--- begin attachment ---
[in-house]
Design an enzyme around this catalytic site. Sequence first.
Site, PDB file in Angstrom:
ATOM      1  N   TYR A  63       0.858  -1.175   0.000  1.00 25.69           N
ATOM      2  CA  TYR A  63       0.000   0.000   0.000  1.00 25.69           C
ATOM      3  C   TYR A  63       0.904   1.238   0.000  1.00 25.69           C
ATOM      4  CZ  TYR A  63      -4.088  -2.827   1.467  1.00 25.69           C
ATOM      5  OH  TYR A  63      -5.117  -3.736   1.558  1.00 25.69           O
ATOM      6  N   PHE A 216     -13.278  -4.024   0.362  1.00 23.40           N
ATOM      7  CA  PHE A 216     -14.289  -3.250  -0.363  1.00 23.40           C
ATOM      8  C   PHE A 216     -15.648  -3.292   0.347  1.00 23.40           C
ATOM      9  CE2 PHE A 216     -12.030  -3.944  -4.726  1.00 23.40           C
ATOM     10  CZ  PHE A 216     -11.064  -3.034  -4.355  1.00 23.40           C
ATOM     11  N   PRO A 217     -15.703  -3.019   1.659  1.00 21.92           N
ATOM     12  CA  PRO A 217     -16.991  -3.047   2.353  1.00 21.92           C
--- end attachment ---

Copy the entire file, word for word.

[in-house]
Design an enzyme around this catalytic site. Sequence first.
Site, PDB file in Angstrom:
ATOM      1  N   TYR A  63       0.858  -1.175   0.000  1.00 25.69           N
ATOM      2  CA  TYR A  63       0.000   0.000   0.000  1.00 25.69           C
ATOM      3  C   TYR A  63       0.904   1.238   0.000  1.00 25.69           C
ATOM      4  CZ  TYR A  63      -4.088  -2.827   1.467  1.00 25.69           C
ATOM      5  OH  TYR A  63      -5.117  -3.736   1.558  1.00 25.69           O
ATOM      6  N   PHE A 216     -13.278  -4.024   0.362  1.00 23.40           N
ATOM      7  CA  PHE A 216     -14.289  -3.250  -0.363  1.00 23.40           C
ATOM      8  C   PHE A 216     -15.648  -3.292   0.347  1.00 23.40           C
ATOM      9  CE2 PHE A 216     -12.030  -3.944  -4.726  1.00 23.40           C
ATOM     10  CZ  PHE A 216     -11.064  -3.034  -4.355  1.00 23.40           C
ATOM     11  N   PRO A 217     -15.703  -3.019   1.659  1.00 21.92           N
ATOM     12  CA  PRO A 217     -16.991  -3.047   2.353  1.00 21.92           C